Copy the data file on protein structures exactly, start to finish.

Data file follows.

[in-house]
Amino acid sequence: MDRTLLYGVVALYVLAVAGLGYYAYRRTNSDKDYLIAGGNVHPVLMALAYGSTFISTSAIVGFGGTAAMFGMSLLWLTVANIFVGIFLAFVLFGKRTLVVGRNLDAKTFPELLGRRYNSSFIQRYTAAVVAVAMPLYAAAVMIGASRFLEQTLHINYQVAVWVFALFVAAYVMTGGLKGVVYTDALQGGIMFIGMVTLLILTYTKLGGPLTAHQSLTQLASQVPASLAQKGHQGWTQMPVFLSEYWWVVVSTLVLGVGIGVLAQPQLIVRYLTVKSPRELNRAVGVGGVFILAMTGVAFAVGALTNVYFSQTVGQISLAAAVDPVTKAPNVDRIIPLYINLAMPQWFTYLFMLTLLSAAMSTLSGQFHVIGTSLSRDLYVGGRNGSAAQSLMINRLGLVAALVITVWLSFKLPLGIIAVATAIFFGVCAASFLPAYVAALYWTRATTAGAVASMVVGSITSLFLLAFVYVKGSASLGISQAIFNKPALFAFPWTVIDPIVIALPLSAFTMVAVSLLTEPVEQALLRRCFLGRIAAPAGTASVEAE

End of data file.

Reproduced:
[in-house]
Amino acid sequence: MDRTLLYGVVALYVLAVAGLGYYAYRRTNSDKDYLIAGGNVHPVLMALAYGSTFISTSAIVGFGGTAAMFGMSLLWLTVANIFVGIFLAFVLFGKRTLVVGRNLDAKTFPELLGRRYNSSFIQRYTAAVVAVAMPLYAAAVMIGASRFLEQTLHINYQVAVWVFALFVAAYVMTGGLKGVVYTDALQGGIMFIGMVTLLILTYTKLGGPLTAHQSLTQLASQVPASLAQKGHQGWTQMPVFLSEYWWVVVSTLVLGVGIGVLAQPQLIVRYLTVKSPRELNRAVGVGGVFILAMTGVAFAVGALTNVYFSQTVGQISLAAAVDPVTKAPNVDRIIPLYINLAMPQWFTYLFMLTLLSAAMSTLSGQFHVIGTSLSRDLYVGGRNGSAAQSLMINRLGLVAALVITVWLSFKLPLGIIAVATAIFFGVCAASFLPAYVAALYWTRATTAGAVASMVVGSITSLFLLAFVYVKGSASLGISQAIFNKPALFAFPWTVIDPIVIALPLSAFTMVAVSLLTEPVEQALLRRCFLGRIAAPAGTASVEAE